Skip to content

Articles

Cats + Care & Wellness

  • Azodyl is a nutritional supplement that may decrease azotemia, a condition in which there is too much nitrogen—in the form of urea, creatinine, and other waste products—in the blood. Azotemia occurs in both dogs and cats that have chronic kidney disease (CKD). In theory, Azodyl works by adding nitrogen-consuming bacteria into the intestines. Azodyl should be considered an adjunct (secondary) treatment for CKD.

  • Weight-conscious people are familiar with BMI (Body Mass Index) as a yardstick to identify ideal weight. There is a way to measure the body condition of our furry friends, too. The pet version of BMI is called BCS (Body Condition Score) which is a quantitative yet subjective method for evaluating body fat.

  • Breeding cats and raising kittens can be an extremely rewarding experience or it may result in frustration and failure. The following information is provided in order to increase your chances of success and make the experience more enjoyable and safe.

  • Your interaction with your new kitten begins on the ride home. Cats should always be transported in some kind of carrier in the car. By teaching your kitten to ride in a confined location you are providing safety as well as starting a routine that you can maintain for future car rides.

  • Teaching your cat to accept the brushing of its teeth will take some training, but will be relatively easy once he is accustomed to the process. Daily brushing is most beneficial and will help to establish a routine for your pet.

  • Pet owners may not realize that caffeine can be harmful to their pets. They also may not know that many foods and drinks in their cupboards contain caffeine. This particular chemical boost can be toxic for them.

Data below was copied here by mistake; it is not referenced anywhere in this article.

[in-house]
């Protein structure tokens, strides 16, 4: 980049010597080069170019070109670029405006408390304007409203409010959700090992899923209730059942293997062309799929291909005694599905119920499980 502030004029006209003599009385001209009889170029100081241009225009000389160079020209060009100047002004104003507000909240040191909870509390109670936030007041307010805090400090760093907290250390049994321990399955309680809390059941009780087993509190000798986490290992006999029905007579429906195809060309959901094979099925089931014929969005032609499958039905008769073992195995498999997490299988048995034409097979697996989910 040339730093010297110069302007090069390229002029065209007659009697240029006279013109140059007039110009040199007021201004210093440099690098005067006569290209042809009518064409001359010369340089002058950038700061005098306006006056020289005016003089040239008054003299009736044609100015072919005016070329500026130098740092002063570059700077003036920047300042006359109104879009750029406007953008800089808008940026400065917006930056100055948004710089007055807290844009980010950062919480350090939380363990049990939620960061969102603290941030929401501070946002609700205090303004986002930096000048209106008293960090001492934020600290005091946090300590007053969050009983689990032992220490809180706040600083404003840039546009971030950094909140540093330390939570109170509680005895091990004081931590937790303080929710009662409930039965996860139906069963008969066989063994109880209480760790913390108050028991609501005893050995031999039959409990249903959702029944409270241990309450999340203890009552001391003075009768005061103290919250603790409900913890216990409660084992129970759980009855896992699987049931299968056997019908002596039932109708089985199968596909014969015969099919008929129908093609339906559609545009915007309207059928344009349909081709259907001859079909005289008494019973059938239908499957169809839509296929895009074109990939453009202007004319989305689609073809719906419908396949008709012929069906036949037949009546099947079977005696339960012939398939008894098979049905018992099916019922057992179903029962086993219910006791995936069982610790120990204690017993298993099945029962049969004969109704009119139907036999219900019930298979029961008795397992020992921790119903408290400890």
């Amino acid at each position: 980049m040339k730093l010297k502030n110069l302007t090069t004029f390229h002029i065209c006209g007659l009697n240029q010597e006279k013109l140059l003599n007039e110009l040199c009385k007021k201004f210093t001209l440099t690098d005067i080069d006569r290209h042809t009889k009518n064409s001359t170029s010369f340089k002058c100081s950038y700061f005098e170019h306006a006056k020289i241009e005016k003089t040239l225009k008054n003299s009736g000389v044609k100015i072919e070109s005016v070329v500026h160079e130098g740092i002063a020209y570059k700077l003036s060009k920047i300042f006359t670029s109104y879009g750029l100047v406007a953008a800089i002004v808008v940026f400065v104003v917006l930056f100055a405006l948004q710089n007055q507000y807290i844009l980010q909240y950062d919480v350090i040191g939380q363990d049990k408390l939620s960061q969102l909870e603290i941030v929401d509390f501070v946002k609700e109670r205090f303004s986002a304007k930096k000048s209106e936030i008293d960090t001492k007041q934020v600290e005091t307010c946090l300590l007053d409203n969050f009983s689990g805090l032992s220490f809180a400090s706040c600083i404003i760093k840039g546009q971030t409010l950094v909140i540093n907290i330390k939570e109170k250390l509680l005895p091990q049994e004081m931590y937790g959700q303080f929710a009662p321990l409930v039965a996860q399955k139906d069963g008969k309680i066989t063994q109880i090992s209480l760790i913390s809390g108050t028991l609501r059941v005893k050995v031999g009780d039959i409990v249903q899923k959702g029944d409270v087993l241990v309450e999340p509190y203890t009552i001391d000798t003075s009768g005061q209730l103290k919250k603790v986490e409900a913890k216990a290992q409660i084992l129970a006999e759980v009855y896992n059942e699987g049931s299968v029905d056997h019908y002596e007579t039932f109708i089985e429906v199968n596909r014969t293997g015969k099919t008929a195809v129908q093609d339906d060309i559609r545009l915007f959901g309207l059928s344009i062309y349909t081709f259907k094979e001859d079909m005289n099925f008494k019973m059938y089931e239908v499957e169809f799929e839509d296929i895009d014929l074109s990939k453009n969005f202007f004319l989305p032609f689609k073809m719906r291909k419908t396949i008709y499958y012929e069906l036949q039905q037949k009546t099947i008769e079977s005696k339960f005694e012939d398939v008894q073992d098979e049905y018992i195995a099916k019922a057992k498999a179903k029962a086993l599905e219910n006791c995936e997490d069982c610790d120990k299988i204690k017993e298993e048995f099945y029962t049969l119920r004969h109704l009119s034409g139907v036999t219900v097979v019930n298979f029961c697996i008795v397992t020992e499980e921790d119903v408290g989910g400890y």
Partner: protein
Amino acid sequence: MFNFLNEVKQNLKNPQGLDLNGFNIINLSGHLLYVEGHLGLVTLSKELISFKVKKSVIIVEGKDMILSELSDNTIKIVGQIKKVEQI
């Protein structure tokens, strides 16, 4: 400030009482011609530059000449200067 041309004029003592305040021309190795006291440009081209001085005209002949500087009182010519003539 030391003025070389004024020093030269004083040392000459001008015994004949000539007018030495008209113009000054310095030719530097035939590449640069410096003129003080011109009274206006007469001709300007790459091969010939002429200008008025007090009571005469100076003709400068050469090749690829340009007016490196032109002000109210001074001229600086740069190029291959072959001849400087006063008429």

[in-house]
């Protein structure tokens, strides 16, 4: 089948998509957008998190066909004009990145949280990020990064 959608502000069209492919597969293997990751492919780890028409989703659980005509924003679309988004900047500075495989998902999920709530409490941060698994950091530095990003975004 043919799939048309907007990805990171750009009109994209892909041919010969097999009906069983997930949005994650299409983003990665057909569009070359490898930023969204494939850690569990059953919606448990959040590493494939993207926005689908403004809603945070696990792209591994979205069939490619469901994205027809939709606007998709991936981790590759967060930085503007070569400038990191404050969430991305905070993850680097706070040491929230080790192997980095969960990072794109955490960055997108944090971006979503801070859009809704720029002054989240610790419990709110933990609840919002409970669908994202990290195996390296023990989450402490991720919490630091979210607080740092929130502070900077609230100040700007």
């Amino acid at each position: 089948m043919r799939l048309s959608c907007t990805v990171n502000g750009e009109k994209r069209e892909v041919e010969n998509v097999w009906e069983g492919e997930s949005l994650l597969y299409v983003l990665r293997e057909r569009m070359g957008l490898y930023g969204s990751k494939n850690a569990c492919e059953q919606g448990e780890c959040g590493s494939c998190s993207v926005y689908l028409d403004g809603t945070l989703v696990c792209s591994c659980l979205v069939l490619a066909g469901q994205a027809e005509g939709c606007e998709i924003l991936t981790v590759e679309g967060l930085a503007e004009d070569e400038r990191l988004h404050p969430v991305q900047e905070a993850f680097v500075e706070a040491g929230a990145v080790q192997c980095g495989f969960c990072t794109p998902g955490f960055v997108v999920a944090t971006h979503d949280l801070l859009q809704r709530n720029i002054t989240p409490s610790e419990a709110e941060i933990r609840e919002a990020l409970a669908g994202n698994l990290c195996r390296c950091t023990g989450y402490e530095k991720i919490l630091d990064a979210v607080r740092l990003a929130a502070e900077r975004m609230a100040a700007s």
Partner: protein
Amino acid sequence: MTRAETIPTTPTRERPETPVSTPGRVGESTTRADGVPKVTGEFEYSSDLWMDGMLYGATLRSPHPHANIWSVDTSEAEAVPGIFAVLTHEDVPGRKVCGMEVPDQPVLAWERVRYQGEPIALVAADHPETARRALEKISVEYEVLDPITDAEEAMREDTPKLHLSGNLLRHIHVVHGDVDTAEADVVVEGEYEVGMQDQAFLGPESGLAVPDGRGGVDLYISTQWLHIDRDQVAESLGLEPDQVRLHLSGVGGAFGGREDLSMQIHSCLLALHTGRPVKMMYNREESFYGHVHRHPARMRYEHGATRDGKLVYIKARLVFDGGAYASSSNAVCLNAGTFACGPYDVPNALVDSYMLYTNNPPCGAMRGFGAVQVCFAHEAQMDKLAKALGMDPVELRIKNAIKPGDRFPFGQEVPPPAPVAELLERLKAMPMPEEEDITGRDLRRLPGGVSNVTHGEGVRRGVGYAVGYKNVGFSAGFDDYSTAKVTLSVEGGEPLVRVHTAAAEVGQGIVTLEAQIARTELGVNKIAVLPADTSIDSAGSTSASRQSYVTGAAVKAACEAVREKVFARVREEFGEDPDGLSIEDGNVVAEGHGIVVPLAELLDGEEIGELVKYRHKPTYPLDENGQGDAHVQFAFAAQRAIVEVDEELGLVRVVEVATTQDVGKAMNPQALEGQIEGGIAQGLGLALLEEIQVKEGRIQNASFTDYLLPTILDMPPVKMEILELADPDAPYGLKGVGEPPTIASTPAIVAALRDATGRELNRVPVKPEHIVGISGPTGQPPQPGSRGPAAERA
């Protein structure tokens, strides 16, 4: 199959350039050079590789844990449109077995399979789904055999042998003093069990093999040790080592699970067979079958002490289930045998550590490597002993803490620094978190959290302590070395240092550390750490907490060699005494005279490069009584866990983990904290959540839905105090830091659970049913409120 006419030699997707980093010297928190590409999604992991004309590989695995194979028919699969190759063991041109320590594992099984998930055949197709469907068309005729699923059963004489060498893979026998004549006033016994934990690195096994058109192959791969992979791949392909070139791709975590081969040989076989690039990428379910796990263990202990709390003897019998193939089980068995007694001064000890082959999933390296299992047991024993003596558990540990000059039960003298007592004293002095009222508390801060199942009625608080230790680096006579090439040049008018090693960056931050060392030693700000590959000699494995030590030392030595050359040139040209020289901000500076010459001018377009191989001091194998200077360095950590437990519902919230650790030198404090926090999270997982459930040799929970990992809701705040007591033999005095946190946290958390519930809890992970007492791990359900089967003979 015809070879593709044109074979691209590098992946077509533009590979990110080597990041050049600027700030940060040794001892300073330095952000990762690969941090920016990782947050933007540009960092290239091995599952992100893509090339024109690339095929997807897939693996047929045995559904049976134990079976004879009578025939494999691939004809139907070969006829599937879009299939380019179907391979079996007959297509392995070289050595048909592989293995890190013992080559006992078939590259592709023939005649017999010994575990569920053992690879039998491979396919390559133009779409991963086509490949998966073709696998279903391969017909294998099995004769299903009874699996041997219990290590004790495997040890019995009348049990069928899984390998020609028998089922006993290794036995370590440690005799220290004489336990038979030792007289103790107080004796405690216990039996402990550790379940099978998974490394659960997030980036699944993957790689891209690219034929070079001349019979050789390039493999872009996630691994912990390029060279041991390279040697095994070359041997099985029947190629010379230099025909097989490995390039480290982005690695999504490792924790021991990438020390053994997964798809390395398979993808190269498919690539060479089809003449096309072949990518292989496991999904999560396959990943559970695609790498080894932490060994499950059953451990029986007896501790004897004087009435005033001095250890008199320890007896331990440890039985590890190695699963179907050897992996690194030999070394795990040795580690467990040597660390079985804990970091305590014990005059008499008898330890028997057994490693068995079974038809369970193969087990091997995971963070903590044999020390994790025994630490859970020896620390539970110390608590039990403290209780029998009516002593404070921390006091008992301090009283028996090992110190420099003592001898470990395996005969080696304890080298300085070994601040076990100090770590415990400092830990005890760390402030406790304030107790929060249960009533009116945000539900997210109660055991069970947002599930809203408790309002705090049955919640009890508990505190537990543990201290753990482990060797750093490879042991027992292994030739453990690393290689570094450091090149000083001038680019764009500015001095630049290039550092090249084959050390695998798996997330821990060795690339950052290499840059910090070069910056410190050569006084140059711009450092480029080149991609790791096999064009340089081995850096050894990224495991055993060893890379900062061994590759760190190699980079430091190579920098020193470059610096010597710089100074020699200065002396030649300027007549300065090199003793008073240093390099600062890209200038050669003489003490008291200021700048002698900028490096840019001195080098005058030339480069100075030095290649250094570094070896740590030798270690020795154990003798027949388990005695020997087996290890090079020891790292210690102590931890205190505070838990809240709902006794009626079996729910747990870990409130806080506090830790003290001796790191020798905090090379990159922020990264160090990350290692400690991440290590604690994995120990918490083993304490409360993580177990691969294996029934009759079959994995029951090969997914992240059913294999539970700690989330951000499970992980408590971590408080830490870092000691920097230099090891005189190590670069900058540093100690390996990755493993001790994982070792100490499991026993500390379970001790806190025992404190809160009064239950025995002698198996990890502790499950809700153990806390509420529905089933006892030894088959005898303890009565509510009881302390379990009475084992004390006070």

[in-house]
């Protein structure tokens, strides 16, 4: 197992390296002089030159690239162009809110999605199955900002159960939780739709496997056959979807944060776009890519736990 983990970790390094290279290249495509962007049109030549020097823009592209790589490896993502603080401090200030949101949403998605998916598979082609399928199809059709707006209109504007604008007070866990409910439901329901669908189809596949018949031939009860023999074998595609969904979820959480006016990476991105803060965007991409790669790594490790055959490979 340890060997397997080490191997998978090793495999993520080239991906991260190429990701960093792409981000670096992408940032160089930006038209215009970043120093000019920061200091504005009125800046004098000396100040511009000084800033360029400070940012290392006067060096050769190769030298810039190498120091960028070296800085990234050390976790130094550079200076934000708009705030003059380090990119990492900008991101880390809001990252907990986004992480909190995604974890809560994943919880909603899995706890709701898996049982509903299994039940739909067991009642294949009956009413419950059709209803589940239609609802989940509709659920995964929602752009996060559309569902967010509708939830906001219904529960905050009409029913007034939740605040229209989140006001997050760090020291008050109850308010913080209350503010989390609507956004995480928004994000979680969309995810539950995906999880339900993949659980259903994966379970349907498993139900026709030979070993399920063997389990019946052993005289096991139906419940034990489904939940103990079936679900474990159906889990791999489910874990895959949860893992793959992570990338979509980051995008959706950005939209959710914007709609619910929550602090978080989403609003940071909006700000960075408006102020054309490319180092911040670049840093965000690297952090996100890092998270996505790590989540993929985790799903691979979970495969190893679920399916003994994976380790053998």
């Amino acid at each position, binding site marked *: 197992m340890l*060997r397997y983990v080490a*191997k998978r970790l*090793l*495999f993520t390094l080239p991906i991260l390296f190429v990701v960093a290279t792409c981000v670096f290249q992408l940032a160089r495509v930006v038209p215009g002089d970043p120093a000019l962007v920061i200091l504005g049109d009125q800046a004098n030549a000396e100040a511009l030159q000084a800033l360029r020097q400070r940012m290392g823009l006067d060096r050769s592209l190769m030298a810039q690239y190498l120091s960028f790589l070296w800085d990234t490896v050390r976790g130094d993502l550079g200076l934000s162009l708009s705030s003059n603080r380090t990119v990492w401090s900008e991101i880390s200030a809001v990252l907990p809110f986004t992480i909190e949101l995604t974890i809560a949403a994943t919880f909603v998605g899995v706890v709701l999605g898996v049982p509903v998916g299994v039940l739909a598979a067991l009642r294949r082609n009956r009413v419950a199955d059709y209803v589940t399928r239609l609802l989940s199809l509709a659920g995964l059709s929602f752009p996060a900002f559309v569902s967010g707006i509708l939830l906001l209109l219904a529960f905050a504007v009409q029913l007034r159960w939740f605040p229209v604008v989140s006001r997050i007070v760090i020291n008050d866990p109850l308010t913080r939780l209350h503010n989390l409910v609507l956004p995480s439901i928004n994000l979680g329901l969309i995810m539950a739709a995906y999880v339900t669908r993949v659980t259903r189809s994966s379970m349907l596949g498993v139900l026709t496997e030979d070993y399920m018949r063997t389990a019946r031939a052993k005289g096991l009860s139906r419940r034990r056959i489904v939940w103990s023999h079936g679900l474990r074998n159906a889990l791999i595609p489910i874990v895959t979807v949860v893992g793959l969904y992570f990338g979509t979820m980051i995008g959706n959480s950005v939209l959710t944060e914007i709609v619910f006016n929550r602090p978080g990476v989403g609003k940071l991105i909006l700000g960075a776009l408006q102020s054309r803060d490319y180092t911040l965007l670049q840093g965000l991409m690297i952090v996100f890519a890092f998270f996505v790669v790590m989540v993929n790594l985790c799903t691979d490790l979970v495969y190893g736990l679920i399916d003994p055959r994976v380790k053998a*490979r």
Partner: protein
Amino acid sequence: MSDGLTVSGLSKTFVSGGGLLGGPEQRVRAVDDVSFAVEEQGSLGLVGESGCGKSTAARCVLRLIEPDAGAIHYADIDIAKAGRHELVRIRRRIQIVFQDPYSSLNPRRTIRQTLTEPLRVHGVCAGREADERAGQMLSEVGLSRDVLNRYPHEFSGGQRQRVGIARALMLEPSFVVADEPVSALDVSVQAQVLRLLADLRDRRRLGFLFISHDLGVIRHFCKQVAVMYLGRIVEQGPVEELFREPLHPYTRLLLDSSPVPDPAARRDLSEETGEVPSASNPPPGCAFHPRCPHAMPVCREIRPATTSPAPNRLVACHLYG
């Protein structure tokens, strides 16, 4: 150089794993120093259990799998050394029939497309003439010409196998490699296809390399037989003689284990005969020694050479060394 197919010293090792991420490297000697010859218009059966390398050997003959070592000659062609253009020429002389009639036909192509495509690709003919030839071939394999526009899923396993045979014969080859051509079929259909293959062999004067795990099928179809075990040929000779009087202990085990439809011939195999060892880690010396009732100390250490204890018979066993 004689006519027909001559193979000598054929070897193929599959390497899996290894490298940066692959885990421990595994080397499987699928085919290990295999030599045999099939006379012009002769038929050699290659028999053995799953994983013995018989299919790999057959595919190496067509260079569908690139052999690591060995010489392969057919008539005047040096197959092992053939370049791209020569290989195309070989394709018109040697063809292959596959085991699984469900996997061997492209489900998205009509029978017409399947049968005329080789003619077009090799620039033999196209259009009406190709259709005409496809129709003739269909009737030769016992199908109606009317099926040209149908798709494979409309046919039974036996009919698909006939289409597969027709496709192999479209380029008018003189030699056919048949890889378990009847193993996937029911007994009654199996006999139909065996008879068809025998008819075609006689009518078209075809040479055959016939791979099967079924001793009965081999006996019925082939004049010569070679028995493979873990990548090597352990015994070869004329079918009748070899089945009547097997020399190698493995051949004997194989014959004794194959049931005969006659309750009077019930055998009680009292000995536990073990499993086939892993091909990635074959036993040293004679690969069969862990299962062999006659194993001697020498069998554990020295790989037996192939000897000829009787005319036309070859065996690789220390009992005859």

• Perhaps no other medical advancement has saved more lives than vaccination. Modern vaccines are extremely effective and safe. However, it is common for many pets to experience mild side effects following vaccination, similar to those that humans experience. Rarely does a pet need veterinary medical attention for these normal minor side effects.

  • Cats are highly attached to territory, and movement away from that secure base is not something that is undertaken lightly! Traveling in cars, planes and other forms of human transportation can be a very stressful experience for all concerned, in part because the cat is no longer in control of its own experience.

  • Most male animals that are kept for companionship, work, or food production (stallions, dogs, tomcats, bulls, rams and boars) are neutered (castrated) unless they are intended to be used as breeding stock.

  • There are many circumstances in which keeping a cat indoors may be safer for the cat and therefore, arguably, better for the cat. Indoor cats are at lower risk for injuries associated with the outdoor environment (cars, trains, dogs, predators, humans, etc.) and are at far less risk of contracting parasites and infectious diseases such as feline leukemia, feline infectious peritonitis and feline immunodeficiency virus.